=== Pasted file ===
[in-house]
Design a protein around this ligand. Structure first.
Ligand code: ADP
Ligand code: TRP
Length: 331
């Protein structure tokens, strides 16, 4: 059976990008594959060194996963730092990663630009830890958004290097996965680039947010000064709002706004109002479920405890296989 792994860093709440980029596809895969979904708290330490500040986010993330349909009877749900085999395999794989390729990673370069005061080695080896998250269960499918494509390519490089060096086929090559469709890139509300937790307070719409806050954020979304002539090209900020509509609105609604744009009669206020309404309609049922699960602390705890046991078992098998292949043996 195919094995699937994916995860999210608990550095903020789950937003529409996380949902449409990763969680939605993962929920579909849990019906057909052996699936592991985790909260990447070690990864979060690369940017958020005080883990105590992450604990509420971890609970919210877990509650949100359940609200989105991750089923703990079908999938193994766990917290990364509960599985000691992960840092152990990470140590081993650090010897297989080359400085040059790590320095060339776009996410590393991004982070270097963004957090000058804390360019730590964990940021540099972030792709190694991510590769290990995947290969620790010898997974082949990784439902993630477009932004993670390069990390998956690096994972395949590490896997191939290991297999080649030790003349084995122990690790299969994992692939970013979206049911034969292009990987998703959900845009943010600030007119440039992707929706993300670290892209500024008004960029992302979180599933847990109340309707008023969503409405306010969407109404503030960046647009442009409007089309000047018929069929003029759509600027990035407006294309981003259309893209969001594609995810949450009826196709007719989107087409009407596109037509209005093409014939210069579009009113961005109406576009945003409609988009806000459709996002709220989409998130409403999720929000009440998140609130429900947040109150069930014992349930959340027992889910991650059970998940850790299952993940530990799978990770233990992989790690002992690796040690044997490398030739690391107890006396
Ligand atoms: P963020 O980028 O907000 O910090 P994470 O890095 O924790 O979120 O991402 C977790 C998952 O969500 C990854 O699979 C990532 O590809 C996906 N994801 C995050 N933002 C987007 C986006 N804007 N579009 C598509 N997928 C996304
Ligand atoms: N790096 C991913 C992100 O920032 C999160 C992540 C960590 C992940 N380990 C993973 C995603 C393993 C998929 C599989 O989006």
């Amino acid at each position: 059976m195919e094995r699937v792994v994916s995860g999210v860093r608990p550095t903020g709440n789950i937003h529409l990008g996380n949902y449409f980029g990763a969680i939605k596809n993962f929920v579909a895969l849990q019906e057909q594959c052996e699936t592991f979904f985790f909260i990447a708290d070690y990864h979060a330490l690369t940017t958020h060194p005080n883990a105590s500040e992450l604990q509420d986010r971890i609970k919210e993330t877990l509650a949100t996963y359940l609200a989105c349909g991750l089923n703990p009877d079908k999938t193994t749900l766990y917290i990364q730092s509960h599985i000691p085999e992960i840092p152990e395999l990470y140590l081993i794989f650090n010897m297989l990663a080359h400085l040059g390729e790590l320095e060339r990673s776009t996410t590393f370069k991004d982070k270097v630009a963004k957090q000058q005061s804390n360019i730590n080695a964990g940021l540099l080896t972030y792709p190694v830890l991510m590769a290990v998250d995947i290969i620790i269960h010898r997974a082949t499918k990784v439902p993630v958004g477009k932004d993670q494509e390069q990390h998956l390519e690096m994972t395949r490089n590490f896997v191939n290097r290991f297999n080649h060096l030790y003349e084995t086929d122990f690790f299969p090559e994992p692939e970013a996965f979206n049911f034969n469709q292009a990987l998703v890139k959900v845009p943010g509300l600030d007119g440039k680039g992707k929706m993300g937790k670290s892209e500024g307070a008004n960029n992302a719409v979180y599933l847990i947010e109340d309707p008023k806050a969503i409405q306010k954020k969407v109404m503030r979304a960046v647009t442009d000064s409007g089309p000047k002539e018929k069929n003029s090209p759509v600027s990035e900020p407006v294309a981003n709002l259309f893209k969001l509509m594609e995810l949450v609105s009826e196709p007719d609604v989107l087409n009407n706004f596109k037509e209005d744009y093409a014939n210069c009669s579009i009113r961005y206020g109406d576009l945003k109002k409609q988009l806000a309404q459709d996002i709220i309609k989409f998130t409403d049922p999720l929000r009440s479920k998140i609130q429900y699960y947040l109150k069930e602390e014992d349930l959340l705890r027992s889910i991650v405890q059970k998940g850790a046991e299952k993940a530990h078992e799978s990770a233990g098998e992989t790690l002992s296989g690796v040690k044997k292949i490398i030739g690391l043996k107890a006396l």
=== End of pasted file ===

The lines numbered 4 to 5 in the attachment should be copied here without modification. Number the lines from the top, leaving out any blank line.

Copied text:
Ligand code: TRP
Length: 331